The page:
Bluebird boxes built at nature center
ELSA KERSCHNER/TIMES NEWS Brad Ehret starts the nails for his little brother Brent. Mom Cheryl watches the boys work. They are from Palmerton.
On Feb. 26 the Lehigh Gap Nature Center held a bluebird housing project. Twenty houses were put together and taken home with instructions on the best method to install them.
Director Dan Kunkle said bluebird houses are apt to attract tree swallows also, and when placed too near trees a number of birds, especially wrens, are likely to move in. The only invasive bird is the house sparrow and when the boxes are checked, those nests can be removed.
Bluebirds like to be in an open area.
There are few natural nesting cavities because the old orchards and wooden fences that provided sites are no longer around. Bluebird houses can even be placed on a deck in an area that does not get heavy use because bluebirds are comfortable around people.
There should never be a perch on a bluebird house because it only provides a step from which cats can check the box more easily.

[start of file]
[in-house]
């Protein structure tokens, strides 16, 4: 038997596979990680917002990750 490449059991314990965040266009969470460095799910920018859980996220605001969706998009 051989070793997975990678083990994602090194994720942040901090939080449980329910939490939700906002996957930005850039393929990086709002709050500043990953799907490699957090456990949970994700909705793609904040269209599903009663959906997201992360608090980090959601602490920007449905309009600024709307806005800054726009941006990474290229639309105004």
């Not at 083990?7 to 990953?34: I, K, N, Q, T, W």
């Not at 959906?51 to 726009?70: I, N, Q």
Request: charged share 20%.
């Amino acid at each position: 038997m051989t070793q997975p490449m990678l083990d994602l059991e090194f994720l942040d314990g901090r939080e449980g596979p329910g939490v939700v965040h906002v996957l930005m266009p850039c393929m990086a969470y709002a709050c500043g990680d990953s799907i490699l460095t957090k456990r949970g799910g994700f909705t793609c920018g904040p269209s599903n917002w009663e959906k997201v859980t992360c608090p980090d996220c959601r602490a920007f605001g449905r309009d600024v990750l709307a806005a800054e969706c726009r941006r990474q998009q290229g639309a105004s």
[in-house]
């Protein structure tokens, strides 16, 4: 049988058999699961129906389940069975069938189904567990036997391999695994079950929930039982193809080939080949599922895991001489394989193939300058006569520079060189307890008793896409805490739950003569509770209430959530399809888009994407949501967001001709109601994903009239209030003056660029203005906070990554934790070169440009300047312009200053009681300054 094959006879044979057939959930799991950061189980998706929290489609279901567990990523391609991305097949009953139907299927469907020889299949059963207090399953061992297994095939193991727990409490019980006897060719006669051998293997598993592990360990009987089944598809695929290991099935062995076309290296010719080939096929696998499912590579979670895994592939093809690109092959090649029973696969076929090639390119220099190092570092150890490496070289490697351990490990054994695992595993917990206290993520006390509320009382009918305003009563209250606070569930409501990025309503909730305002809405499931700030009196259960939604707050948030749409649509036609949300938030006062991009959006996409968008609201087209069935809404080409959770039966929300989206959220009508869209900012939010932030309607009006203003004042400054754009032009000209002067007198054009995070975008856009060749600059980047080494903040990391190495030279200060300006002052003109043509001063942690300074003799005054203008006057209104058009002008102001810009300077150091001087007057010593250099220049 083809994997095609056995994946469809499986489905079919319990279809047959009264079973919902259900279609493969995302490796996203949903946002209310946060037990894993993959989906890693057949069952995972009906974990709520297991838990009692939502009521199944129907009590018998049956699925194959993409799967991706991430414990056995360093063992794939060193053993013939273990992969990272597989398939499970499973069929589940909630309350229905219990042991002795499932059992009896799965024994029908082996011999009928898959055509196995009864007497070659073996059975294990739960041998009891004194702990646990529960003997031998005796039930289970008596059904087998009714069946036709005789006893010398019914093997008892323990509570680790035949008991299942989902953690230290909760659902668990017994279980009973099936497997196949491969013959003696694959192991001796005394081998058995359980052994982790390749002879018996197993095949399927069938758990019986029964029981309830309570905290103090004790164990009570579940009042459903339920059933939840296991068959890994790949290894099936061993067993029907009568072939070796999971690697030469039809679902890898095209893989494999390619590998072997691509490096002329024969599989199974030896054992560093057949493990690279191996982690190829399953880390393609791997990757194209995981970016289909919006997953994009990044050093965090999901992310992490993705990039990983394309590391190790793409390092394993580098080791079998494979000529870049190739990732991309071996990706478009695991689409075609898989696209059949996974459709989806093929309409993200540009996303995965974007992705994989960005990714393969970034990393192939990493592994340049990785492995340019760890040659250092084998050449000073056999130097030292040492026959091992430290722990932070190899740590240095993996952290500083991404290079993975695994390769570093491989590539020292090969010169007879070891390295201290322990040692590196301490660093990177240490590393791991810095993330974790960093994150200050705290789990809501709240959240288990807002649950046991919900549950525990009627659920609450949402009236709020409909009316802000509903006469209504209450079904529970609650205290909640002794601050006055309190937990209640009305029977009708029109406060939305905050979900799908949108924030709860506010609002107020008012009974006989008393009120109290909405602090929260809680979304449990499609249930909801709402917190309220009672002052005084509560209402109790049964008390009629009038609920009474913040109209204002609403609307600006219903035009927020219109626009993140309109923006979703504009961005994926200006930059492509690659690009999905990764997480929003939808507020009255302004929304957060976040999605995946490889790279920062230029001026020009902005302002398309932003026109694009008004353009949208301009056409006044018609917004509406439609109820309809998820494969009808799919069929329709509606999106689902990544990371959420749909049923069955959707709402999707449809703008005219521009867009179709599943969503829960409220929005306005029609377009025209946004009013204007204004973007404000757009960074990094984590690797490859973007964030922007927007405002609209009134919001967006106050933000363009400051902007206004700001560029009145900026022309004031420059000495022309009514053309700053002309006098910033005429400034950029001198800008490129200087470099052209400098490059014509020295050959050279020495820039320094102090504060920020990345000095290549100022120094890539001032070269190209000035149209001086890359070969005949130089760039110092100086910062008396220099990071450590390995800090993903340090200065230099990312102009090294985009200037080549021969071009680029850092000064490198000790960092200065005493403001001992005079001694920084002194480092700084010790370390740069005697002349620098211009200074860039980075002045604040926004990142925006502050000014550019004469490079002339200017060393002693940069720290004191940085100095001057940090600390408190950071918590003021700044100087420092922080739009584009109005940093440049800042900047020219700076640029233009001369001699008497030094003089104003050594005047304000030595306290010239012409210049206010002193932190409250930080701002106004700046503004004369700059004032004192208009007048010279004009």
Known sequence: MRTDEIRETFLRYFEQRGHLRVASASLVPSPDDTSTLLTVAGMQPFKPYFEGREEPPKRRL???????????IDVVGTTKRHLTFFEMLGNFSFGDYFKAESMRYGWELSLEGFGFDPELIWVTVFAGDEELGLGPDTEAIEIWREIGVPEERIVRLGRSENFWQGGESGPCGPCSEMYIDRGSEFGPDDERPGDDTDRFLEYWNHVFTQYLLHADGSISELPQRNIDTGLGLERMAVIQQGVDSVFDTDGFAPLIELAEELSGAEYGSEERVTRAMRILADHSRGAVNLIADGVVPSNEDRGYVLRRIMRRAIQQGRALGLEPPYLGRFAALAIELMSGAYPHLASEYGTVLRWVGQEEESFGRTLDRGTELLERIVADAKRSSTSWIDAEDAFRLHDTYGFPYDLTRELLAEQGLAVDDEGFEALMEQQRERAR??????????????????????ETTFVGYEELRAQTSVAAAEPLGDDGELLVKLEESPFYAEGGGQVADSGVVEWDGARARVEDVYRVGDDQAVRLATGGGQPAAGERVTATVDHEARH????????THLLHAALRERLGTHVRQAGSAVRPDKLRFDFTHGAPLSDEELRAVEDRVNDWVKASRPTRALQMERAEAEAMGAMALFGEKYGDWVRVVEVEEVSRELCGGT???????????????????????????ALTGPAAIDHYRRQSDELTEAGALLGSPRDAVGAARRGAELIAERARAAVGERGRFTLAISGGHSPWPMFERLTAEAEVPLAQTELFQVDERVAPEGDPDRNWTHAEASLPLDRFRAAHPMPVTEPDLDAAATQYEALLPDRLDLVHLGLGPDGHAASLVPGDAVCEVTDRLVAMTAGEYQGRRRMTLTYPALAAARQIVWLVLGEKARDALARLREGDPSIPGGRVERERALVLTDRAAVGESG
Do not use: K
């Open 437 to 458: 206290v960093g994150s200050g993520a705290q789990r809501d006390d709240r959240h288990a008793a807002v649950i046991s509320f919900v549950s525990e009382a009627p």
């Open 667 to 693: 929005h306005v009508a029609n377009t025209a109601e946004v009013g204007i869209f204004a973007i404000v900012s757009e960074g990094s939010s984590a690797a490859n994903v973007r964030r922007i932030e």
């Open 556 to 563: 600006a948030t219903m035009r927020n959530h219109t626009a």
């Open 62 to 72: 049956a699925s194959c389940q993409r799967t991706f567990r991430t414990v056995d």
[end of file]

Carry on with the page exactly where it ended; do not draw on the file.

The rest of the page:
At the end of February or as spring nears, the boxes should be emptied because parasites may be there. Mice may also move in over winter. Kunkle said that when the weather is cold, birds may use the houses for shelter, so do not clean them until the weather begins to warm. Be sure to wear gloves when cleaning them out.
Bluebirds are territorial, so if boxes are placed too close together, the second one will more likely attract a tree swallow.
Facing a box to the east means they have more warmth in the early spring but it may be too hot in midsummer. Direction has to be determined by local conditions.
"Sometimes nests fail, but you've still helped a lot of birds," said Kunkle.